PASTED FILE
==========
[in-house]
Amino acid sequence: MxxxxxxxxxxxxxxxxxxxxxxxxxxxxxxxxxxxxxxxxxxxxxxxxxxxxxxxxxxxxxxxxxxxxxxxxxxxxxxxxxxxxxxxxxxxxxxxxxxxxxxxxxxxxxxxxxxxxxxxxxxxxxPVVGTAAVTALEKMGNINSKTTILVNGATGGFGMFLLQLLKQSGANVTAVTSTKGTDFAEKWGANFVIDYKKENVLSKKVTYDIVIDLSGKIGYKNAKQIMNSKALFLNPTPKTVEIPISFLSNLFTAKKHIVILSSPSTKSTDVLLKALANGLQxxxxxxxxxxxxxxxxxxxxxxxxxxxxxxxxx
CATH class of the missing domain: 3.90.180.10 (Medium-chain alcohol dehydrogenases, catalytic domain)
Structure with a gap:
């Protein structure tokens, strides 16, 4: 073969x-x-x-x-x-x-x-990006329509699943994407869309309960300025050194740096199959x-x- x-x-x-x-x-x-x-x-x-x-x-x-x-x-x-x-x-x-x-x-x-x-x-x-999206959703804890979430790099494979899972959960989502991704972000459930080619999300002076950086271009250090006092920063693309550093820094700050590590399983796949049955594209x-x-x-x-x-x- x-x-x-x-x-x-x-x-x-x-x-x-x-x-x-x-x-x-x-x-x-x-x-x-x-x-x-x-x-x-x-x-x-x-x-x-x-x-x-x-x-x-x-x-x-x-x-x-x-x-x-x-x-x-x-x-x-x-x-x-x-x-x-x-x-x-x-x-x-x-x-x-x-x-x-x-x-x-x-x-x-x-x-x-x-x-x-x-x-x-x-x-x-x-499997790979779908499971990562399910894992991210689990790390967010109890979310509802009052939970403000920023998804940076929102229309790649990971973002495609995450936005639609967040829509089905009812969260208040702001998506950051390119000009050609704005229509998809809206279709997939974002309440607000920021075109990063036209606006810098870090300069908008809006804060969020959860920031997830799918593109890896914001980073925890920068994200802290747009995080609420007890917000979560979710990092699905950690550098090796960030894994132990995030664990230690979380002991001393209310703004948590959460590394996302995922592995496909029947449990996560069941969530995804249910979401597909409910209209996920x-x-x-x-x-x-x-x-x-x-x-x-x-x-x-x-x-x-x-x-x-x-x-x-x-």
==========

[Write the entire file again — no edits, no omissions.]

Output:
[in-house]
Amino acid sequence: MxxxxxxxxxxxxxxxxxxxxxxxxxxxxxxxxxxxxxxxxxxxxxxxxxxxxxxxxxxxxxxxxxxxxxxxxxxxxxxxxxxxxxxxxxxxxxxxxxxxxxxxxxxxxxxxxxxxxxxxxxxxxxPVVGTAAVTALEKMGNINSKTTILVNGATGGFGMFLLQLLKQSGANVTAVTSTKGTDFAEKWGANFVIDYKKENVLSKKVTYDIVIDLSGKIGYKNAKQIMNSKALFLNPTPKTVEIPISFLSNLFTAKKHIVILSSPSTKSTDVLLKALANGLQxxxxxxxxxxxxxxxxxxxxxxxxxxxxxxxxx
CATH class of the missing domain: 3.90.180.10 (Medium-chain alcohol dehydrogenases, catalytic domain)
Structure with a gap:
């Protein structure tokens, strides 16, 4: 073969x-x-x-x-x-x-x-990006329509699943994407869309309960300025050194740096199959x-x- x-x-x-x-x-x-x-x-x-x-x-x-x-x-x-x-x-x-x-x-x-x-x-x-999206959703804890979430790099494979899972959960989502991704972000459930080619999300002076950086271009250090006092920063693309550093820094700050590590399983796949049955594209x-x-x-x-x-x- x-x-x-x-x-x-x-x-x-x-x-x-x-x-x-x-x-x-x-x-x-x-x-x-x-x-x-x-x-x-x-x-x-x-x-x-x-x-x-x-x-x-x-x-x-x-x-x-x-x-x-x-x-x-x-x-x-x-x-x-x-x-x-x-x-x-x-x-x-x-x-x-x-x-x-x-x-x-x-x-x-x-x-x-x-x-x-x-x-x-x-x-x-x-499997790979779908499971990562399910894992991210689990790390967010109890979310509802009052939970403000920023998804940076929102229309790649990971973002495609995450936005639609967040829509089905009812969260208040702001998506950051390119000009050609704005229509998809809206279709997939974002309440607000920021075109990063036209606006810098870090300069908008809006804060969020959860920031997830799918593109890896914001980073925890920068994200802290747009995080609420007890917000979560979710990092699905950690550098090796960030894994132990995030664990230690979380002991001393209310703004948590959460590394996302995922592995496909029947449990996560069941969530995804249910979401597909409910209209996920x-x-x-x-x-x-x-x-x-x-x-x-x-x-x-x-x-x-x-x-x-x-x-x-x-």